Following a somewhat dismal third quarter for Exxon Mobil Corp. (XOM) and Chevron Corp. (CVX), investors have high hopes for the American oil giants’ fourth quarters, based on successful price-gouging by the Organization of Petroleum Exporting Countries and the ascendance of a drilling-friendly president. Industry experts aren’t unanimously optimistic, however, as some worry U.S. President Donald Trump’s policies could lead him inadvertently to shoot his supposedly business-oriented administration in the foot.

As of Monday, analysts at Zacks Investment Research expected Chevron to announce fourth quarter 2016 earnings of 65 cents per share ahead of market open Friday, up from 31 cents for the San Ramon, California, firm’s fourth quarter of 2015 and 68 cents from its third quarter earnings per share.

For Exxon, the Dallas company run by Rex Tillerson, Trump’s secretary of state nominee, until Jan.1, Zacks' analysts predicted the Jan. 31 report to show earnings of 71 cents per share, up from 67 cents in the previous fourth quarter and up from 63 cents in the third quarter of 2016.

Both companies’ shares have soared in the past two months due in part to Trump’s election. The real estate billionaire campaigned on pledges to “unleash an energy revolution,” combat regulatory efforts and “open onshore and offshore leasing on federal lands.”


Since his election, oil industry prospects have only improved. Trump not only nominated Tillerson to lead the State Department, but picked former Texas Gov. Rick Perry to head the Department of Energy — a regulatory agency he once hoped to abolish though he briefly failed to remember its name.

Tillerson, for his part, made some lucrative Arctic oil discoveries along with Russian partner Rosneft — right before U.S. sanctions against Moscow kicked in. His vocal opposition to the sanctions, which the State Department under former President Barack Obama applied in response to Russia’s involvement in Ukraine’s political conflict, won him the Order of Friendship medal from Russian President Vladimir Putin in 2013. Reince Priebus, Trump’s chief of staff, told MSNBC’s "Morning Joe" in December that “you have to just wait and see” whether Trump will keep the sanctions in place.

The Senate Committee on Foreign Relations appeared likely to vote in favor of Tillerson as of Monday afternoon. Exxon, Vice reported, donated $4.6 million to the campaigns of senators sitting on the committee.

Another factor potentially behind the spike in the firms’ share prices was OPEC’s Nov. 30 decision to cut its oil output by 1.2 million barrels per day, or 4 percent. Since then, the price of Brent crude, an international oil price benchmark, has risen from around $48 per barrel to, at some points earlier in January, more than $57. A major American benchmark, West Texas Intermediate, has followed a similar pattern.

But even with a litany of non-OPEC countries joining the cuts, experts aren’t sold on the likelihood of a long-term price hike. As a Wall Street Journal analysis of the 17 past OPEC production cuts since 1982 found, the cartel has only been able to actually reduce output by 60 percent of its intended reductions.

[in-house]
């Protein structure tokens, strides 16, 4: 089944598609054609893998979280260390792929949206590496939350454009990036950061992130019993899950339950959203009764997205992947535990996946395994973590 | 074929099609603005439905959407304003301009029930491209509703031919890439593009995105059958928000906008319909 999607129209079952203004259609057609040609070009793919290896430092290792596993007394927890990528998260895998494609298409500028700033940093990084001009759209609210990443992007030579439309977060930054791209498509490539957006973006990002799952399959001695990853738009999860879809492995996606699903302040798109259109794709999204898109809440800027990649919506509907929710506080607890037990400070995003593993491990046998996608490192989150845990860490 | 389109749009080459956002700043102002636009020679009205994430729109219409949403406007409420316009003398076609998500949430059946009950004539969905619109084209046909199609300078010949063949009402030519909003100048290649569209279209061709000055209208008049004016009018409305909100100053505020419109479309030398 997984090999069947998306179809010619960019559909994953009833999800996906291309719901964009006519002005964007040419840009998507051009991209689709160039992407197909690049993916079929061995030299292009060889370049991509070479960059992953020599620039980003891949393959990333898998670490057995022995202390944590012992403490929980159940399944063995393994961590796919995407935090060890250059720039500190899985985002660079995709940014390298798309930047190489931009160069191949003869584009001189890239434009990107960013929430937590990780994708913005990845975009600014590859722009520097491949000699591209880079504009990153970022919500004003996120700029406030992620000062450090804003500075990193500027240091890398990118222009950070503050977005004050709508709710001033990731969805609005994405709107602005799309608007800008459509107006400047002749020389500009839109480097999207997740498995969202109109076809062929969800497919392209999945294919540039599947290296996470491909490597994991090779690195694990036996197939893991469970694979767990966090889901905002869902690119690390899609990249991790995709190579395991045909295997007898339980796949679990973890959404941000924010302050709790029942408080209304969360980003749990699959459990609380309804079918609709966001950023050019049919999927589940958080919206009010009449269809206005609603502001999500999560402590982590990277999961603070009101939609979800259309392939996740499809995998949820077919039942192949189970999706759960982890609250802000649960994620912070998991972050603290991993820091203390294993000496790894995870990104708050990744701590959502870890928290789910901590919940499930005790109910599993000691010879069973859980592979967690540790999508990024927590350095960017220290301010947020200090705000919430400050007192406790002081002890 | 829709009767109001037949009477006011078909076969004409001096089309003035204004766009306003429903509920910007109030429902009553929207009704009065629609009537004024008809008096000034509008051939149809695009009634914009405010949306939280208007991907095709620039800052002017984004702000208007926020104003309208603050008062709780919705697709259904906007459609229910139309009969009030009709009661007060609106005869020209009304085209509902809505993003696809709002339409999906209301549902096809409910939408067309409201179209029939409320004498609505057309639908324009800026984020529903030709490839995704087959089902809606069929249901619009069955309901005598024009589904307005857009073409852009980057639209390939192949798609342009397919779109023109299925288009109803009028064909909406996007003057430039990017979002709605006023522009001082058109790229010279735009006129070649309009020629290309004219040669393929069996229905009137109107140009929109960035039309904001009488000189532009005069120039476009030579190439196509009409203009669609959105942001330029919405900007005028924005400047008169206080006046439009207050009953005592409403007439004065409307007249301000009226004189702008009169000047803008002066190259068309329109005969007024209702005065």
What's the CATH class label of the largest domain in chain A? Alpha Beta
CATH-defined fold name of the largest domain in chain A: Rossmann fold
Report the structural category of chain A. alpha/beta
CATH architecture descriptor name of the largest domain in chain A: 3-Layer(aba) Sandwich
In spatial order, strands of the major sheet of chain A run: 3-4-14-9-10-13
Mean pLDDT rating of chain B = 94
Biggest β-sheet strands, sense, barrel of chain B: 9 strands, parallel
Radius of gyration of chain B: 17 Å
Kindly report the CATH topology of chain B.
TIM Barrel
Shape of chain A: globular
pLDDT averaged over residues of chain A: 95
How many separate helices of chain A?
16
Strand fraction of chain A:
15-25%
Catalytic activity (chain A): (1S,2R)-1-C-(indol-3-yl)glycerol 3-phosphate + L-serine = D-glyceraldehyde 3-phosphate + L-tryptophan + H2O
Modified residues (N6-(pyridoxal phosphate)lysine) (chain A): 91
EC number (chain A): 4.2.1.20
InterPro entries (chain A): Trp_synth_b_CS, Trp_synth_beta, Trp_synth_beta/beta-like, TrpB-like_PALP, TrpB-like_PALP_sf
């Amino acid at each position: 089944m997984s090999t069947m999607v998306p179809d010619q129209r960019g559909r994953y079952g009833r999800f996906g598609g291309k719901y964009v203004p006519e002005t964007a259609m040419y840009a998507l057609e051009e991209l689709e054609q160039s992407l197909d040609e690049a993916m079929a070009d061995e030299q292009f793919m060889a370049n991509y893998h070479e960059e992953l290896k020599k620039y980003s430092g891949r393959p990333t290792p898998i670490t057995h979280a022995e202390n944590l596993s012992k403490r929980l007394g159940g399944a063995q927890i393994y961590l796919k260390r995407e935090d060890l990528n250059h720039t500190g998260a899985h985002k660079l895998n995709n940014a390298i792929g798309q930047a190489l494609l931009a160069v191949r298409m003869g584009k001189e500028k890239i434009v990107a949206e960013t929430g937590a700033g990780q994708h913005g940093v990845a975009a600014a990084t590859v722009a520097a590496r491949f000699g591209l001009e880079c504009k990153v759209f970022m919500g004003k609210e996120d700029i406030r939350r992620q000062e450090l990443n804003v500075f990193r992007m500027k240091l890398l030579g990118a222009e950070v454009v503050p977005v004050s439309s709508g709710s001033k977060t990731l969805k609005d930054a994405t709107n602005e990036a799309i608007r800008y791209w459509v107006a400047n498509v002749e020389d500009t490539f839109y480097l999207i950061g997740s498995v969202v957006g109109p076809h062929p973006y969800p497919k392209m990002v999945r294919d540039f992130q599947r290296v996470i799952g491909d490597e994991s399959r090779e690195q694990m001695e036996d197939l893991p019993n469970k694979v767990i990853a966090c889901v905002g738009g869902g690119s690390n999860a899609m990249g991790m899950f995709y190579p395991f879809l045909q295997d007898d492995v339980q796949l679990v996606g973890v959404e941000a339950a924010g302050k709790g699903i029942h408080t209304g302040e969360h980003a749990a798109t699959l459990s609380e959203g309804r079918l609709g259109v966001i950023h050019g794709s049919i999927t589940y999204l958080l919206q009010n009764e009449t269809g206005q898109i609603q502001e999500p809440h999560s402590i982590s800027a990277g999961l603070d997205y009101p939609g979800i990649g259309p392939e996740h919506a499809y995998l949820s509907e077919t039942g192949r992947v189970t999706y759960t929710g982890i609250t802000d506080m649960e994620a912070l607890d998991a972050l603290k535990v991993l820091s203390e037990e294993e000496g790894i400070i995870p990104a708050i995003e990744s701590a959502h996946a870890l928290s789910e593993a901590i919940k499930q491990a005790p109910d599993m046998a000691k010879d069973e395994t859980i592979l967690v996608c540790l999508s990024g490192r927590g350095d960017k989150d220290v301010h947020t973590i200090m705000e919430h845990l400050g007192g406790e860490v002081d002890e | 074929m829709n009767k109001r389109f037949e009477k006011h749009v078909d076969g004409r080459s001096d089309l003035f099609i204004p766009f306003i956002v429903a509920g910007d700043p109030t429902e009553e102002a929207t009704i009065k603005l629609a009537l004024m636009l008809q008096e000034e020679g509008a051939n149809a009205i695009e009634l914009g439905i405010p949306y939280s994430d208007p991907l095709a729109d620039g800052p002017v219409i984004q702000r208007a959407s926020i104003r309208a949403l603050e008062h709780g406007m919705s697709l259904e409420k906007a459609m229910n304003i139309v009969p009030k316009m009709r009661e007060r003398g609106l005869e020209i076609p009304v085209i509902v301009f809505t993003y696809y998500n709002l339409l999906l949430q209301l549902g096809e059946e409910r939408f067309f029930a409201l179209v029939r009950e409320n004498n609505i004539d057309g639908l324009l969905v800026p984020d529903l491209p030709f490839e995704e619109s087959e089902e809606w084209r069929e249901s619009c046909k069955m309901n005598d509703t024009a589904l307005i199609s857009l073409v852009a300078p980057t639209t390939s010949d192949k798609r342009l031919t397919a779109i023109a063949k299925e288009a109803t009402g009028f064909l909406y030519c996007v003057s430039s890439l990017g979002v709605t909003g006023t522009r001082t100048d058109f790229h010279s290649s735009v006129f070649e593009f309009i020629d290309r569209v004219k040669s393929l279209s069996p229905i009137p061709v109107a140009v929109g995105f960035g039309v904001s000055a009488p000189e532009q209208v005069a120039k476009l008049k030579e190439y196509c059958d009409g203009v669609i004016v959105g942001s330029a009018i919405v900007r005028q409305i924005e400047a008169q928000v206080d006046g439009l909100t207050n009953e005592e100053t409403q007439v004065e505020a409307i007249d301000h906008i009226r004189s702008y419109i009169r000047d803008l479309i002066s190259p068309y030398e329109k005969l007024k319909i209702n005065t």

Even if the cuts stick, analysts generally don’t predict that prices will return to mid-2014 levels, as Andy Brogan, the global oil and gas transaction leader at the industry advisory firm EY, told Fortune.

“I don’t think this means that we’re going back to a world of $100 oil or even $75 oil, but it does mean that we’re not going back to a world of $28 anytime soon,” he said.

Either way, many experts expect Trump’s plans to boost U.S. production to flood the market supply, driving prices back down and hurting producers.

But, paradoxically, some point to Trump’s policies as another challenge to the success of companies like Exxon and Chevron.

As Michael Lynch, a University of Vienna lecturer and president of oil industry consulting firm Strategic Energy and Economic Research Inc., pointed out in a December Forbes column, Trump’s adversarial trade stance with China could cost U.S. companies hundreds of millions of dollars’ worth of drilling and oilfield equipment imported from the country each year.

Additionally, Lynch wrote, Trump’s stance on Israel could foster conflict with Middle East allies and major oil producers like Saudi Arabia. Trump’s administration reaffirmed plans Monday to move the U.S. embassy in Israel from Tel Aviv to Jerusalem, a move Lynch suggested could spur a violent reaction by Israel’s neighbors.

“Should it be particularly violent, or trigger a violent backlash by militant Israelis, there is a small chance that one or more oil exporting countries might seek to make a political demonstration, such as reducing oil exports,” Lynch wrote. He added American companies “might come to fear hostile actions, either in the form of terrorism or government restrictions, and hesitate to initiate projects, losing business to foreign competitors.”